If your wall or surface has some unusual features, like moldings or paneling (as mine does), that's okay! Just decide whether you want to use those features as borders, or whether you want to just ignore them and treat the wall as one big blank canvas. I decided to just frame over the paneling, rather than using it to break up the wall visually into sections.

Mixing colors and shapes to create the final effect!

Art Tips

Wondering where to get art for your gallery wall? There are so many wonderful options online for affordable art. Personally, I love using a mix of sentimental and non-sentimental art. In my staircase, I have a gallery wall of all family photos. In this gallery wall in my bedroom, I chose all pieces of art that I found online or in shops that caught my eye or otherwise gave me good feelings. My favorite places to source art online is 20x200, Etsy, and Society6.

Another great tip (thanks to Joanna Goddard for showing me the light!) is to find really beautiful wallpaper or wrapping paper and frame squares of it. This is such a clever and affordable way to create a big, colorful statement within a frame.

Whatever you go with, remember a gallery wall can be a living installation. Change it over time! Swap out pieces and photos with the seasons! With so many elements, it’s easy to refresh it bit by bit to reflect your current taste.

Have you ever done a gallery wall before? Let us know about your own experiences below.

See what other Food52 readers are saying.

  • Crispini
  • Rhonda35
  • Posie (Harwood) Brien
    Posie (Harwood) Brien
I like warm homemade bread slathered with fresh raw milk butter, ice cream in all seasons, the smell of garlic in olive oil, and sugar snap peas fresh off the vine.


Crispini April 18, 2018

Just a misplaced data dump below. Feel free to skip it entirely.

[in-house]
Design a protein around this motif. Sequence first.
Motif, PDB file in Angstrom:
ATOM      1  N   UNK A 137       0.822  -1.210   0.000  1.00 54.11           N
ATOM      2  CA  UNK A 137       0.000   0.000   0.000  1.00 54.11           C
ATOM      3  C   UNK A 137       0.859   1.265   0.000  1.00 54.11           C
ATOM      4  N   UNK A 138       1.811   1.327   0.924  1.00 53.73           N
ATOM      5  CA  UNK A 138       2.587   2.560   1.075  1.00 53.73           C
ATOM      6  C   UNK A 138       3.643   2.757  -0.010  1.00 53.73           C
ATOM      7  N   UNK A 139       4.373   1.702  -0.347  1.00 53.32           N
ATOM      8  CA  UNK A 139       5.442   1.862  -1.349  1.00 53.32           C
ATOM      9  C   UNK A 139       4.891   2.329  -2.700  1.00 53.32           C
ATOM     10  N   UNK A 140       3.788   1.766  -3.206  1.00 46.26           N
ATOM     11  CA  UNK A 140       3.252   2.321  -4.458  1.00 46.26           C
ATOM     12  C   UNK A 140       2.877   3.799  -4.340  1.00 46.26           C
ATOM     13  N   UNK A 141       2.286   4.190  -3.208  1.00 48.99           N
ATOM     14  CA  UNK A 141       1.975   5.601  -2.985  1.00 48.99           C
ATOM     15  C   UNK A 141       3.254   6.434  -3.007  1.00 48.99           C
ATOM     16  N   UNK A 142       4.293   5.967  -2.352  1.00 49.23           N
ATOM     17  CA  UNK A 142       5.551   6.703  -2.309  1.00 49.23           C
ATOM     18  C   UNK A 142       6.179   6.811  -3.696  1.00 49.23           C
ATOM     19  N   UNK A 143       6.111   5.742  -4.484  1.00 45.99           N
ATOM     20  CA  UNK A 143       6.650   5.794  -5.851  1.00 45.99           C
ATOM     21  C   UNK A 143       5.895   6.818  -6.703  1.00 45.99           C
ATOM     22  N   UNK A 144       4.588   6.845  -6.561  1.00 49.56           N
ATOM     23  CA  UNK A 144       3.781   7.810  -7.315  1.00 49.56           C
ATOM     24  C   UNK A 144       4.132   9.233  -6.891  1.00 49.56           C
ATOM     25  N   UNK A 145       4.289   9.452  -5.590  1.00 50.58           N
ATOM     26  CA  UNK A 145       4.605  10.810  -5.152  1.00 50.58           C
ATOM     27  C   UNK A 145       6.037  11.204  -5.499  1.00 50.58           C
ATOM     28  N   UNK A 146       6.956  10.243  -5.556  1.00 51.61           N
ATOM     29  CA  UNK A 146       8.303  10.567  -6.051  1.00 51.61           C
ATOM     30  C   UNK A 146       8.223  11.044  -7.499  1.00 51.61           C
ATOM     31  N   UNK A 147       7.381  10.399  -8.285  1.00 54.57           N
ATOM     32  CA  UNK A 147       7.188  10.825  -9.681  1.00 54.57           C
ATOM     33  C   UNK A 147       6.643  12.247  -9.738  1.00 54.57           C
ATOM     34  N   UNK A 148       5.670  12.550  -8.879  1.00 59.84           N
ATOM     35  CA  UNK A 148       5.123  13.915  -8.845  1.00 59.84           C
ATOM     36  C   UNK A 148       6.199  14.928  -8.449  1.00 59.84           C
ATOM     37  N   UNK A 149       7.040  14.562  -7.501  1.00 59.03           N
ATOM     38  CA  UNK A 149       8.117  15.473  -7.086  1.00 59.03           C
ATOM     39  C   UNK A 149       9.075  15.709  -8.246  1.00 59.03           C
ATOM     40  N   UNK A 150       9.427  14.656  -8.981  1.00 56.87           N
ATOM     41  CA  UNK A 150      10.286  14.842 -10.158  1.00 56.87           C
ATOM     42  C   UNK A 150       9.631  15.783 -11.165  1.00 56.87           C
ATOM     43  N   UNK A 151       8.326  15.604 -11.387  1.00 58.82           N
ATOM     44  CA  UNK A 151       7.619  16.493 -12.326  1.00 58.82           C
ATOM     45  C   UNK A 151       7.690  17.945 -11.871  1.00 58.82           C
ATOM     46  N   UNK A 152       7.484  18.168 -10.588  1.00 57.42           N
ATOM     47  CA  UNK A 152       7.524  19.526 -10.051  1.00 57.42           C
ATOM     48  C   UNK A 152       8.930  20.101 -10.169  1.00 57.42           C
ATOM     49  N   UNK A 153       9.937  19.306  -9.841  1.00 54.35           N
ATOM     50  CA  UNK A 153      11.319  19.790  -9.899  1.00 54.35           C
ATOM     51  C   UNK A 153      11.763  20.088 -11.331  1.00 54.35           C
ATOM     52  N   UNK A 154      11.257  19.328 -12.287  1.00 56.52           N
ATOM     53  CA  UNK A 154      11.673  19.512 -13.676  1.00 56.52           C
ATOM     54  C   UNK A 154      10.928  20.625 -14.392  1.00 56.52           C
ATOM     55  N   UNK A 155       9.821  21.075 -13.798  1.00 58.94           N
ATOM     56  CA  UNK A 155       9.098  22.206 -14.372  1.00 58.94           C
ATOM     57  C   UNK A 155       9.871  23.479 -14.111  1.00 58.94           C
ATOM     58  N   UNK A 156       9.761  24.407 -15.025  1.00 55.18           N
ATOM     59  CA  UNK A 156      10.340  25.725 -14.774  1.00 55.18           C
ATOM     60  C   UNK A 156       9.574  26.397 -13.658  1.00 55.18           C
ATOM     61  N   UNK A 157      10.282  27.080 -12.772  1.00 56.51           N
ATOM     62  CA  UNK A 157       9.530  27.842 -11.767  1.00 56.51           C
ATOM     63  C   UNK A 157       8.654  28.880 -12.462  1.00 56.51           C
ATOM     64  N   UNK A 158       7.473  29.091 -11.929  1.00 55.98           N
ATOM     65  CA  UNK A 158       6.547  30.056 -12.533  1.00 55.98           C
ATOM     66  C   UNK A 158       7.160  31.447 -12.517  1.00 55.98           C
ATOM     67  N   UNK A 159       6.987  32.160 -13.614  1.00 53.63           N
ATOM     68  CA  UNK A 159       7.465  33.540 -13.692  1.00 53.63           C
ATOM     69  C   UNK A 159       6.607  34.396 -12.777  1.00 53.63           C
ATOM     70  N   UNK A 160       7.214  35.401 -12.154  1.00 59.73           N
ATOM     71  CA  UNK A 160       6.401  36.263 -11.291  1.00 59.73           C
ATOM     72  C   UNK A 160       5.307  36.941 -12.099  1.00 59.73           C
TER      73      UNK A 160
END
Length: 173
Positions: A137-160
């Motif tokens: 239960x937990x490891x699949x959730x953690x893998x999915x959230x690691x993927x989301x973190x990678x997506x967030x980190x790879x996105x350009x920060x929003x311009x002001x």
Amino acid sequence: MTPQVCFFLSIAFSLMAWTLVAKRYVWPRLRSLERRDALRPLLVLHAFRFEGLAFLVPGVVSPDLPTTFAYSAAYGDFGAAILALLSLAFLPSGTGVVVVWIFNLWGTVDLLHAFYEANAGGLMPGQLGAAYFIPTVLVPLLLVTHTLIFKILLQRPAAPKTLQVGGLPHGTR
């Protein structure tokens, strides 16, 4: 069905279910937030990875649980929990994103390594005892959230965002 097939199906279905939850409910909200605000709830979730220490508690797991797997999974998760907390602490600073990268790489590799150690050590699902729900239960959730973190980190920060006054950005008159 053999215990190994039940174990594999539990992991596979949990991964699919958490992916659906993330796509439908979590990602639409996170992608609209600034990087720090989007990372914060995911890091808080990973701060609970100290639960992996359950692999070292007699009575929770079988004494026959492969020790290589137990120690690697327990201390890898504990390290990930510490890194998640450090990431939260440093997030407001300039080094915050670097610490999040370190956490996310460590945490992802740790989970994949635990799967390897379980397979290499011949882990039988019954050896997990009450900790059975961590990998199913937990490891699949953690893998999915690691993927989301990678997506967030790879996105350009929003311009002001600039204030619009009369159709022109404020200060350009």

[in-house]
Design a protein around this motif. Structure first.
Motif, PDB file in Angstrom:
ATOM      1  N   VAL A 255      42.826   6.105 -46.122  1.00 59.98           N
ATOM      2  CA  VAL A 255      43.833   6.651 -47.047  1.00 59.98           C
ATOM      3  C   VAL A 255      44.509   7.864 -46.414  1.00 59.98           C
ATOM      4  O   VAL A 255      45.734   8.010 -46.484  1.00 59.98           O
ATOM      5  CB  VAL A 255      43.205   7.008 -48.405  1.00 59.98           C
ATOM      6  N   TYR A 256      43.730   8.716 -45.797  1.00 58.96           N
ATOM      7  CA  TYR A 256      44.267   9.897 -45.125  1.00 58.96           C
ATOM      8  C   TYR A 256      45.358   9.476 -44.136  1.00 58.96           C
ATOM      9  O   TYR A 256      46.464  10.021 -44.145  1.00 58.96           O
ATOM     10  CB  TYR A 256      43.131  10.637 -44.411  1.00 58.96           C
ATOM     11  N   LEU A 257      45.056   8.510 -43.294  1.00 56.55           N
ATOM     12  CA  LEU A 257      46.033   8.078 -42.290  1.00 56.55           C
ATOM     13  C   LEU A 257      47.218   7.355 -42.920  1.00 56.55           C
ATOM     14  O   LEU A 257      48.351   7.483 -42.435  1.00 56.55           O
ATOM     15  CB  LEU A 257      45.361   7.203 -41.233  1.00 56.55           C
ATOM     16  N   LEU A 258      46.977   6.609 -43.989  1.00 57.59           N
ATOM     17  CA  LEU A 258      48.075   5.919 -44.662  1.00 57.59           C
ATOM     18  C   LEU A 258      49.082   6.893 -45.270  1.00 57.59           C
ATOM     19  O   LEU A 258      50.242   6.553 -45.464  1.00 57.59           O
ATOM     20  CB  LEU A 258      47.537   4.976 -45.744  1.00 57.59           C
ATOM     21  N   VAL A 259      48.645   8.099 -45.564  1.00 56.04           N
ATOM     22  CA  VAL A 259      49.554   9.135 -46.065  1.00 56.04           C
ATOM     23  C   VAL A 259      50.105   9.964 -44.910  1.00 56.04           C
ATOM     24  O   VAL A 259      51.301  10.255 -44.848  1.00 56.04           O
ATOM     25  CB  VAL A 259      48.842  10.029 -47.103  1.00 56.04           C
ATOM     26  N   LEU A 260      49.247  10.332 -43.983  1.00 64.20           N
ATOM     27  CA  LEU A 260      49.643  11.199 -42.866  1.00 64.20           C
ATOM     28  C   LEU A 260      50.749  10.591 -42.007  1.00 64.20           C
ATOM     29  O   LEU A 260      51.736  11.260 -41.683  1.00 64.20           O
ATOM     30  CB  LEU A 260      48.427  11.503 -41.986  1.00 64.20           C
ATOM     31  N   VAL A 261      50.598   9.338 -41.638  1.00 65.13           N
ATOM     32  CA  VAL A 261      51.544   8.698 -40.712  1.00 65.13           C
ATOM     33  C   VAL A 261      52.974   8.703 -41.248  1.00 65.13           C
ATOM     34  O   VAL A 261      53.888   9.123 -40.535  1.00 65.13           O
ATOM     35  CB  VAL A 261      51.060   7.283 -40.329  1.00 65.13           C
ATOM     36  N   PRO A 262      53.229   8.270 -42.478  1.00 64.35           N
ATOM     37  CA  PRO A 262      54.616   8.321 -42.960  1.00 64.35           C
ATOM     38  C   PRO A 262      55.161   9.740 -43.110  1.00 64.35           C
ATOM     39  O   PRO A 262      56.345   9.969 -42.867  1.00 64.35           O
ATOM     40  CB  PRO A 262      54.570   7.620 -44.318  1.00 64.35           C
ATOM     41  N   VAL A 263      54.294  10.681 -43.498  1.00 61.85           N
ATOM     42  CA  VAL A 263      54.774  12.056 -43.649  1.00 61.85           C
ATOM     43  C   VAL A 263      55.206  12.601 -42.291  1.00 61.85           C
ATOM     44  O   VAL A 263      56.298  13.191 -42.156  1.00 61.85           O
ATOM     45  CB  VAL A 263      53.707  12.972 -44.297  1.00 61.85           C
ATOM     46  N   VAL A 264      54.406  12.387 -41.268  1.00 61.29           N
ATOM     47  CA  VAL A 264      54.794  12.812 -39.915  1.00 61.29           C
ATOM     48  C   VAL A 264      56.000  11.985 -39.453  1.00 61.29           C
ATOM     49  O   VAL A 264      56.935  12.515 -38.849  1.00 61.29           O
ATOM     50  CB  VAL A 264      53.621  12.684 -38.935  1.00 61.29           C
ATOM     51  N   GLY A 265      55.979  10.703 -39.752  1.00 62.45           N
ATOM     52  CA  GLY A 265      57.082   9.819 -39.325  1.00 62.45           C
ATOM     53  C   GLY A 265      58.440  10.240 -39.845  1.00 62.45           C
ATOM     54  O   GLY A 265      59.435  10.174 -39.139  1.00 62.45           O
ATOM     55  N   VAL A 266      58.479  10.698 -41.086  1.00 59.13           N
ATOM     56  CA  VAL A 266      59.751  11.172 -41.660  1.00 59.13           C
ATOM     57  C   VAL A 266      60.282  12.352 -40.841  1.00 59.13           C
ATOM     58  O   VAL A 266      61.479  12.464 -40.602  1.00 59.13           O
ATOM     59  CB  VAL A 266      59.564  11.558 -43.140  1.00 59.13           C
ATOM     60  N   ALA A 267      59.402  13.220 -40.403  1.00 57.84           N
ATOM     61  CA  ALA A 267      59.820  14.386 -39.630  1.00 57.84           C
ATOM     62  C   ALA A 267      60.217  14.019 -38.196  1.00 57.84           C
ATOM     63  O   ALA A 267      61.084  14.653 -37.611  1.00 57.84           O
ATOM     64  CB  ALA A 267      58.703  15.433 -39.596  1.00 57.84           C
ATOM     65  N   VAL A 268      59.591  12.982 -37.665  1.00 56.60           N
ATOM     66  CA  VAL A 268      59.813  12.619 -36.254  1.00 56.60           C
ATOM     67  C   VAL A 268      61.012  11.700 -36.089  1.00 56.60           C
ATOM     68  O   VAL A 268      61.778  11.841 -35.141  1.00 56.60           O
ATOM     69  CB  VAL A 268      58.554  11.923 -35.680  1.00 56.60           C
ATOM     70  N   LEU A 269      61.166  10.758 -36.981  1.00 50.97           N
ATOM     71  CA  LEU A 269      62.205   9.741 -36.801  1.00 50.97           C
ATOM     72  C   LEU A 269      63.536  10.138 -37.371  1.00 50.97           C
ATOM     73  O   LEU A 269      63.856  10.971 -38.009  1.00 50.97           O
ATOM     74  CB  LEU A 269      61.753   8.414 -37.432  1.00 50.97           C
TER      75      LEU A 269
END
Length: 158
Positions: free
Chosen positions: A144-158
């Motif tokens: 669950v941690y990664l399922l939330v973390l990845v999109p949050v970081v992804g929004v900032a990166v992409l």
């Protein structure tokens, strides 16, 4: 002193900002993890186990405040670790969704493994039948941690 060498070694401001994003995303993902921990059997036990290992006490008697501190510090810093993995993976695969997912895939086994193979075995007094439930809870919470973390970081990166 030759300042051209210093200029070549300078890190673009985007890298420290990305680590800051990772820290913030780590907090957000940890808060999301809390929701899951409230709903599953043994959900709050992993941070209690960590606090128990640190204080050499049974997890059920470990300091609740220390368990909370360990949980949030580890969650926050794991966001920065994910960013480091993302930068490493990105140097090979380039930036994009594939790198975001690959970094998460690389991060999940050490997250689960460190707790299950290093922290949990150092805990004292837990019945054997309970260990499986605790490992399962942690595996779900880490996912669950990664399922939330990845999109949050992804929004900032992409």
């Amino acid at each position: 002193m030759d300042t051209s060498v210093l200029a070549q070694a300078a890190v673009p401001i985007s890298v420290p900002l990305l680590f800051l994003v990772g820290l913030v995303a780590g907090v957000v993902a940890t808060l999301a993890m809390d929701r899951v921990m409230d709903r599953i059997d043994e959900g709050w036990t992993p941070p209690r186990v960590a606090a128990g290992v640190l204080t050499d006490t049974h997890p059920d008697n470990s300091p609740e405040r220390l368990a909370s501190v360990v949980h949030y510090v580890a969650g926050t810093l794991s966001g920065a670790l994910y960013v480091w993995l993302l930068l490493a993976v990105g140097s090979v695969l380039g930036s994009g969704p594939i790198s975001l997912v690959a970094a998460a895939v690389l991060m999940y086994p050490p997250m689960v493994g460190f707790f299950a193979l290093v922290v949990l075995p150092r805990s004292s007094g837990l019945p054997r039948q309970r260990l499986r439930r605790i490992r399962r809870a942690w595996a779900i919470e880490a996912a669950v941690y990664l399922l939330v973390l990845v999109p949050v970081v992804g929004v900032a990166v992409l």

Some great tips in this article! The paper and tape layout method is especially handy for anyone new to this method of displaying multiple pieces of art.
I own a large art gallery and we often hang artwork salon style (like a "gallery wall"), usually grouping by artist. We also provide installation services for our clients' homes and businesses. Here are a few tips I can share:
The right tools make a huge difference, especially for a large grouping. Plan on having assorted hangers, a tape measure and a level. Blue removable painter's tape is great if you're doing a paper layout first, also for marking the top/center of where each piece goes on the wall. On sheetrock, use picture hooks, like the Florian brand, that hold their nails at the correct angle for maximum strength and retention. These are rated by weight, so you may want several sizes. Other surfaces, like masonry, require different hangers.
Space two hooks apart for larger, horizontal format works to help them stay level.
If you have furniture placed on the wall, it's part of your arrangement. Mark its spot with blue tape.
Find the focal point of your wall and place your "power piece" there, then build your arrangement around it. Look for some kind of flow, such as color, subject or style. Different frame colors and weights can have an immense visual effect here. Deep frames create shadows that have to be considered. Mixed work is the most challenging to hang, but can have the most stunning results!
We find groupings work best when spacing is even, or in logical increments. This gives you more leeway in creating a free-flowing gallery wall because the eye is drawn to the art rather than to strained spacing. Small pieces can be arranged in a grid, column or line. A single small work can be highlighted by tucking it amongst larger ones if there's enough space around it to let it breathe.
If there's a piece that just doesn't play well, leave it out. You can always feature it on a nearby wall.
Balance your gallery wall with a single, impactful artwork on another wall in the room.
Finally, change your art displays regularly, at least once a year. It's amazing how a new location or pairing will let you see old faves with renewed insight.

Rhonda35 April 19, 2018
Thank you for all of these great tips, Crispini!
Rhonda35 April 18, 2018
Starting on a gallery wall in my house soon, so these tips are helpful. When you said "a gallery wall turns art into art" did you mean a gallery wall turns art into ART?
Posie (. April 18, 2018
Well yes, takes individual art and turns it into a bigger piece of art! Good luck with your project!!
Rhonda35 April 19, 2018
That's what I thought you meant - thanks!